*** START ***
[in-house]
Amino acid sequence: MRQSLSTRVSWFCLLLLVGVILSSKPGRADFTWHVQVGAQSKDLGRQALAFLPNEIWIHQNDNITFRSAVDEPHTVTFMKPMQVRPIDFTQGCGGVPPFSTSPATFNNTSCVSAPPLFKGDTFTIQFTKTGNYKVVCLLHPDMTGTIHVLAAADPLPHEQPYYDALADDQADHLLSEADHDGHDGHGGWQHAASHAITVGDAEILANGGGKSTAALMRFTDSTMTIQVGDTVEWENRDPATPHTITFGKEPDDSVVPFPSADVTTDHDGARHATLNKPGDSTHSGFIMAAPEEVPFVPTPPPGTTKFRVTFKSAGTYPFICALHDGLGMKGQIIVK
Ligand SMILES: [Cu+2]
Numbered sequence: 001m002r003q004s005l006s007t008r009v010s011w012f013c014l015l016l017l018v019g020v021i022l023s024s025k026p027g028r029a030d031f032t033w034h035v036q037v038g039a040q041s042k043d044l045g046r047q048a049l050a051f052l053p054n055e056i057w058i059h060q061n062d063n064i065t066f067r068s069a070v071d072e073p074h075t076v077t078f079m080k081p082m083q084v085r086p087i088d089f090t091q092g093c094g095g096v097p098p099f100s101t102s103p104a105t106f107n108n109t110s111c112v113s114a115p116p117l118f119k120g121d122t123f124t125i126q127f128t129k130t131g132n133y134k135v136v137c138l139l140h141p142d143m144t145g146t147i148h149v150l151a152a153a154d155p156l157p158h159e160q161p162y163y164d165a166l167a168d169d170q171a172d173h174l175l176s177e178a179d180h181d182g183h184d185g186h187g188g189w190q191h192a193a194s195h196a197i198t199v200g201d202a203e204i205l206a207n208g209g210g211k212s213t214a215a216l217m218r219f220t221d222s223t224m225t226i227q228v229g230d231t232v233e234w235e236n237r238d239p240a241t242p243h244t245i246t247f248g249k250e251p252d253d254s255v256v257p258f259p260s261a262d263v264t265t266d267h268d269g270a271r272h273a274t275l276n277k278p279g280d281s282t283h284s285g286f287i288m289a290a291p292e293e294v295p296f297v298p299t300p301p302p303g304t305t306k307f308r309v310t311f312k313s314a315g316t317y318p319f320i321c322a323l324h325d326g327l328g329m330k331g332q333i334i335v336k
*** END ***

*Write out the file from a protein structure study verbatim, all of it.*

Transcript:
[in-house]
Amino acid sequence: MRQSLSTRVSWFCLLLLVGVILSSKPGRADFTWHVQVGAQSKDLGRQALAFLPNEIWIHQNDNITFRSAVDEPHTVTFMKPMQVRPIDFTQGCGGVPPFSTSPATFNNTSCVSAPPLFKGDTFTIQFTKTGNYKVVCLLHPDMTGTIHVLAAADPLPHEQPYYDALADDQADHLLSEADHDGHDGHGGWQHAASHAITVGDAEILANGGGKSTAALMRFTDSTMTIQVGDTVEWENRDPATPHTITFGKEPDDSVVPFPSADVTTDHDGARHATLNKPGDSTHSGFIMAAPEEVPFVPTPPPGTTKFRVTFKSAGTYPFICALHDGLGMKGQIIVK
Ligand SMILES: [Cu+2]
Numbered sequence: 001m002r003q004s005l006s007t008r009v010s011w012f013c014l015l016l017l018v019g020v021i022l023s024s025k026p027g028r029a030d031f032t033w034h035v036q037v038g039a040q041s042k043d044l045g046r047q048a049l050a051f052l053p054n055e056i057w058i059h060q061n062d063n064i065t066f067r068s069a070v071d072e073p074h075t076v077t078f079m080k081p082m083q084v085r086p087i088d089f090t091q092g093c094g095g096v097p098p099f100s101t102s103p104a105t106f107n108n109t110s111c112v113s114a115p116p117l118f119k120g121d122t123f124t125i126q127f128t129k130t131g132n133y134k135v136v137c138l139l140h141p142d143m144t145g146t147i148h149v150l151a152a153a154d155p156l157p158h159e160q161p162y163y164d165a166l167a168d169d170q171a172d173h174l175l176s177e178a179d180h181d182g183h184d185g186h187g188g189w190q191h192a193a194s195h196a197i198t199v200g201d202a203e204i205l206a207n208g209g210g211k212s213t214a215a216l217m218r219f220t221d222s223t224m225t226i227q228v229g230d231t232v233e234w235e236n237r238d239p240a241t242p243h244t245i246t247f248g249k250e251p252d253d254s255v256v257p258f259p260s261a262d263v264t265t266d267h268d269g270a271r272h273a274t275l276n277k278p279g280d281s282t283h284s285g286f287i288m289a290a291p292e293e294v295p296f297v298p299t300p301p302p303g304t305t306k307f308r309v310t311f312k313s314a315g316t317y318p319f320i321c322a323l324h325d326g327l328g329m330k331g332q333i334i335v336k